Eliza Coupe: That is a great question. We all have a unique way of speaking — or our characters all speak similarly, but maybe it’s the different inflections we use. Even when I read a script now, I can kind of tell how someone will say the lines. But what’s great is that every actor continually surprises me — how they see a line and how they say it. For me personally, the best way to do that is by being the character, it informs how you’ll say the line. How I’d say something is completely different than how Jane would say something. In real life, you say things differently all the time. You have to remember that just because you’re a character and you say things certain ways, it doesn’t mean you have to say things exactly the same. Being spontaneous off of that is just playing the scene.

Casey Wilson: That was like a Master Class!

Does filming ever feel out of control?

Zachary Knighton: We always break and lose it. It usually happens on Friday at 2 a.m. when we’re tired and ready to go home.

Damon Wayans Jr.: I remember when Eliza kept coming in and leaving. It was a kickball scene. We did something to her where we were all laughing. Zach, you were in that, right? Eliza would come in and just laugh as soon as she came in.

Zachary Knighton: Was that when you were moonwalking to first base?

Damon Wayans Jr.: That hurt my calves.

Zachary Knighton: You looked so good doing it though.

Damon Wayans Jr.: It felt good.

Does the writing ever seem so crazy on the page that you’re not sure how it’ll make sense when you’re filming? Adam Pally played a bear for an entire episode recently. 

Elisha Cuthbert: Or me playing Marilyn Monroe with a man’s voice [for the Halloween episode]. When I got that script, I was terrified. Because I thought, “How will I make this believable?” And two, we tested my regular voice, and then we tried it with an altered voice. Then we did a version where I was talking raspy. Ultimately they ended up using my real performance voice. But it was like, “Oh my god. This is crazy.” But the producers saw me doing the Marilyn thing, and they were like, “She doesn’t look like a guy. How did the boobs happen?” But then we showed the producers pictures of how great some of these drag queens look, and how hard it is to tell the difference. I think, ultimately, having all the right conversations to bring it down and make it work, it ended up working out great. After that, it was a free-for-all. I was game to do anything. I thought, “If I can pull that off, I can do anything.” But we’ve all had our crazy moments of, “What?! No way!” Those moments.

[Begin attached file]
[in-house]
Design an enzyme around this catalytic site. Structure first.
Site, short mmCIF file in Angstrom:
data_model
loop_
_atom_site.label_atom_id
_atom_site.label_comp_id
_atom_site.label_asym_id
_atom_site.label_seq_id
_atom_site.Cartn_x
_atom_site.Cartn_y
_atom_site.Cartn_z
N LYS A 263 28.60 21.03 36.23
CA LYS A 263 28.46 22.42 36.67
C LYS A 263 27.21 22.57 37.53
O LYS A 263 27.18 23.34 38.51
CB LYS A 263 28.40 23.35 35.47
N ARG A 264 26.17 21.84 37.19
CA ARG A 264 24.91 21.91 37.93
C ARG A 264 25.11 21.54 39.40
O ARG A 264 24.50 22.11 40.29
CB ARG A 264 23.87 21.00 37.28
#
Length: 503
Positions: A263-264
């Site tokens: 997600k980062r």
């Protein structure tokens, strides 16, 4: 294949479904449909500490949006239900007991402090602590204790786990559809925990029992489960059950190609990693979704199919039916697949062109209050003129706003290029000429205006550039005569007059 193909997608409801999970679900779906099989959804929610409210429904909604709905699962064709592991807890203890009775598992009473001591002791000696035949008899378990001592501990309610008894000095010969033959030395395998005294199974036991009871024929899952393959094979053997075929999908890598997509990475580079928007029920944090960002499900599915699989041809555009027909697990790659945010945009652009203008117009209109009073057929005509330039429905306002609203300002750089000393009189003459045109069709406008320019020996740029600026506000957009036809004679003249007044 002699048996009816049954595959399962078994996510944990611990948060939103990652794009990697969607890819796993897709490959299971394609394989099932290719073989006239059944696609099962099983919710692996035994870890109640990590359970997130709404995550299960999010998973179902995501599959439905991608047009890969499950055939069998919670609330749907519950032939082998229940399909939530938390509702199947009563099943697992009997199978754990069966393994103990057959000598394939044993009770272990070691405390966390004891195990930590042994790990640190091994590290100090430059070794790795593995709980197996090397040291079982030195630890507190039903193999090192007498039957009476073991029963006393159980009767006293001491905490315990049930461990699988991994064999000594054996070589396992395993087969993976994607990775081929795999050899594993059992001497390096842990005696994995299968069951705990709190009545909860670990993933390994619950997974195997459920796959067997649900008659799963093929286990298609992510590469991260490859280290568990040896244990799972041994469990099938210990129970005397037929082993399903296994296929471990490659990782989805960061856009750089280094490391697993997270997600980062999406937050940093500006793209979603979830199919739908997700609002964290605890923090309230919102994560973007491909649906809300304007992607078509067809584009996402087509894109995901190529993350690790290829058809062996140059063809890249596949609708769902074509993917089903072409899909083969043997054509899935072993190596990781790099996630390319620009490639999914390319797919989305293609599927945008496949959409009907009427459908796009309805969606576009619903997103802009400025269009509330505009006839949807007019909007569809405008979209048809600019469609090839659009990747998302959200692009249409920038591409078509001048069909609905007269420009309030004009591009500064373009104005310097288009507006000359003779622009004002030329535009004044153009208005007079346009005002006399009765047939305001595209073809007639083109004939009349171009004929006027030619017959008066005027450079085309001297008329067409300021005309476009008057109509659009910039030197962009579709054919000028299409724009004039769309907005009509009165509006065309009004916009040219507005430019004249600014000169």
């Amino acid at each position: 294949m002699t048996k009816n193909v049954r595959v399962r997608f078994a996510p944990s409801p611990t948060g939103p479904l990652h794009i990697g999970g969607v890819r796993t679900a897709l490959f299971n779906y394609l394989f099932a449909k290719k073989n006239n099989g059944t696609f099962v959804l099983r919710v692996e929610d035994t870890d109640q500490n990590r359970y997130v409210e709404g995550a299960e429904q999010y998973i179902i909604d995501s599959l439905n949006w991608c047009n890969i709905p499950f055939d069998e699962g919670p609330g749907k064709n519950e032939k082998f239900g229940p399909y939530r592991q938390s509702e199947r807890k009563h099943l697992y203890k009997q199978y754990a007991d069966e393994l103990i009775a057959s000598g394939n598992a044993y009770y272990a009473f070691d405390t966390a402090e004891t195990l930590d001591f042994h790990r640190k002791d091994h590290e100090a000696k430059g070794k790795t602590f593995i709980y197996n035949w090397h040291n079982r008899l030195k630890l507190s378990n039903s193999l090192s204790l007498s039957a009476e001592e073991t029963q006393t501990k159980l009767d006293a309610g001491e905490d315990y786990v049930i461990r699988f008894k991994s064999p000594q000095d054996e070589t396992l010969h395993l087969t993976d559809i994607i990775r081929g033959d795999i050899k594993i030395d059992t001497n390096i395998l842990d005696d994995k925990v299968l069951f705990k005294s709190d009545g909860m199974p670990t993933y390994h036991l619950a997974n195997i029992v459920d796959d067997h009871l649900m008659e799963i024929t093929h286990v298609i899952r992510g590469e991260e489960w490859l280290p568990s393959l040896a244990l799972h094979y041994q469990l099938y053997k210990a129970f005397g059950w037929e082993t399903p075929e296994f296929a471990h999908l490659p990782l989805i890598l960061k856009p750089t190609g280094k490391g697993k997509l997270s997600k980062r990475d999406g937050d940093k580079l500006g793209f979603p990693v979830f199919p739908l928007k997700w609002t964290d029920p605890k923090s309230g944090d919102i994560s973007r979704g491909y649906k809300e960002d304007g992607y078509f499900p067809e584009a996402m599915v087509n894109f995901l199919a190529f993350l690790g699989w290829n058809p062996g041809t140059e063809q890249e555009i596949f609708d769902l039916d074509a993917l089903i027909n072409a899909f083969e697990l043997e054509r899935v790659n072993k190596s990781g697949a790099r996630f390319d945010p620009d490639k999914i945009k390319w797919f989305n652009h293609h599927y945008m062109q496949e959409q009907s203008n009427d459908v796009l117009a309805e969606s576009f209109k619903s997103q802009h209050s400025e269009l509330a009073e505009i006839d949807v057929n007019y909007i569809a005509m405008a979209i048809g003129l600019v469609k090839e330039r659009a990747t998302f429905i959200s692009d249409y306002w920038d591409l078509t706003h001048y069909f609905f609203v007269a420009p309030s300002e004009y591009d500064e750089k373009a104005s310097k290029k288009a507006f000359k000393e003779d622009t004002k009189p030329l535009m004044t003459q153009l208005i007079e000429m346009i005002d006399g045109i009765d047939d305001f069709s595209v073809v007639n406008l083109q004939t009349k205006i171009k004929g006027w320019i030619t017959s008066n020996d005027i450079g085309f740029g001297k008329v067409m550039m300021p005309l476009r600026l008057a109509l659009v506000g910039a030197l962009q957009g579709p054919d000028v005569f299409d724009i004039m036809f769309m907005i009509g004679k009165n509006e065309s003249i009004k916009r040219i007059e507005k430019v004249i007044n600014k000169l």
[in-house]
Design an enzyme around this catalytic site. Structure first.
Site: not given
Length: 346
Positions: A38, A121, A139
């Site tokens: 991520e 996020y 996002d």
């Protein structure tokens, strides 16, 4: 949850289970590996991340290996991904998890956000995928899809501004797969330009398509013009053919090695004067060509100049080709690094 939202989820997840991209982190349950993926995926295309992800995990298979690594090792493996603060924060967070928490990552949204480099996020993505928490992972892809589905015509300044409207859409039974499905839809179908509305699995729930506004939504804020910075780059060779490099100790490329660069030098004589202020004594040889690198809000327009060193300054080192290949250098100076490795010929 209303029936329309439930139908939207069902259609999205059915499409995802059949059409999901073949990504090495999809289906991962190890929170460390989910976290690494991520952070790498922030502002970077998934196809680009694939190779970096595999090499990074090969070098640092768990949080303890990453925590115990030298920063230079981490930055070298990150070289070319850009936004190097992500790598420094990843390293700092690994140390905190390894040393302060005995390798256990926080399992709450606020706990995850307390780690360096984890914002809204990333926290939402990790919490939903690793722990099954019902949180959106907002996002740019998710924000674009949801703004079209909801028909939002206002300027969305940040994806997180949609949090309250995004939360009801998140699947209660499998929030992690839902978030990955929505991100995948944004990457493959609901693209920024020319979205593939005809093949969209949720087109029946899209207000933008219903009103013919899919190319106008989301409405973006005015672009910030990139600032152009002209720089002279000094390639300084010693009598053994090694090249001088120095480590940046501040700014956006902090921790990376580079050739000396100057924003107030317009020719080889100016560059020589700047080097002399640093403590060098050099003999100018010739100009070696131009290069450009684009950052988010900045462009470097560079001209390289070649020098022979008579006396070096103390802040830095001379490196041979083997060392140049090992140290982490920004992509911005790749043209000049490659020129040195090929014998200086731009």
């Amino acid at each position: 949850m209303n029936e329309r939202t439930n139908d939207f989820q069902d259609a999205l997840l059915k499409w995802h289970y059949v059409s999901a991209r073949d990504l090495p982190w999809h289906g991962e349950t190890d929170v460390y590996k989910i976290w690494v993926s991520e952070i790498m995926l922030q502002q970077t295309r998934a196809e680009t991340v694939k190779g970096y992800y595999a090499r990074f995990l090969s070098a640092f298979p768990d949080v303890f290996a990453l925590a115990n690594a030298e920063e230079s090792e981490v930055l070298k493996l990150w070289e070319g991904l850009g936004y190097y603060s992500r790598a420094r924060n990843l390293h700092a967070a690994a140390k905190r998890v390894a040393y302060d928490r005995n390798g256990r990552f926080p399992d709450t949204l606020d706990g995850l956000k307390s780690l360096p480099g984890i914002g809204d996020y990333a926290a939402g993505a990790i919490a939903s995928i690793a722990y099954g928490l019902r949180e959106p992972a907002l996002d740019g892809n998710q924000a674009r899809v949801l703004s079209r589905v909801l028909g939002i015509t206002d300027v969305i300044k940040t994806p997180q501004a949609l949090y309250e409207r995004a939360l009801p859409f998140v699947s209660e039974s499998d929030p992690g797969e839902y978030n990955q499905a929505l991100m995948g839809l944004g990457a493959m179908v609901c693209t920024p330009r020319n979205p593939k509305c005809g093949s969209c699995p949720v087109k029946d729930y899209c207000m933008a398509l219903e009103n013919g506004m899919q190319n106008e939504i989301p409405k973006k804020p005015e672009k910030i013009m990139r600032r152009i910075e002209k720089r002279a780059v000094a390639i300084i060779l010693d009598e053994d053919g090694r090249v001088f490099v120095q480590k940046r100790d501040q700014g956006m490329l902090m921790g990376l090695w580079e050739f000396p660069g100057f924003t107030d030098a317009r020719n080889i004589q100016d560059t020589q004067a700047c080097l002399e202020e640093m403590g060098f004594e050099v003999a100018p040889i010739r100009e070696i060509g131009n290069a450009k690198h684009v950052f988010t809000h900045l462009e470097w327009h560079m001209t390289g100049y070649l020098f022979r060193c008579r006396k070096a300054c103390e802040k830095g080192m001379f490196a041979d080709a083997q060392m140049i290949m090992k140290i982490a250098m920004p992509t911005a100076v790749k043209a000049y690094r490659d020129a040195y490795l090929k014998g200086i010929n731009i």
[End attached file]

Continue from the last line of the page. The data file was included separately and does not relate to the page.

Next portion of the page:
Eliza Coupe: The bear thing was very interesting. But I will say, I laughed every time he turned over with the two cubs. Everything having to do with bears — not the sports team — gets me going.

Casey Wilson: Sometimes things are so crazy on the page that they don’t even air — like, a character named “Old Penny”? Penny had this dream, and they age me to be like 80. In the dream, I am having tea with [laughs] miniature ponies that were all colorfully braided. Literally they were intense. They were on the ground eating off of plates in my face. [In disbelief], I was like, “What show is this?” So I guess they’re going to put it on the DVD.

Finally, can you tease any upcoming episodes?

Casey Wilson: We have a kickball episode coming up! Lance Briggs of the Chicago Bears is Penny’s love interest. Because that’s an obvious choice  And in the season finale, Penny thinks she has a boyfriend, but he cancels [on a wedding date] at the last minute. First she’s bragging to everyone that she’s finally not going to get the singles table, and then Derek — Stephen Guarino‘s back, it’s his wedding — Derek’s like, “You’re not at the singles table. You’re at the Skype table,” which is people who can’t be at the wedding are on computers, and they’re set up on seats. They’re Skype-ing in from all over the country. So she meets Brian Austin Green at the Skype table. And she has to dance with Stephen Guarino’s uncle. He wants to take a dance around the floor, and so she’s dancing with a computer.

Elisha Cuthbert: I saw the Skype table. Actually, I saw it on camera and it looked so cool! Everyone on the screen, kind of talking, interacting. Very neat.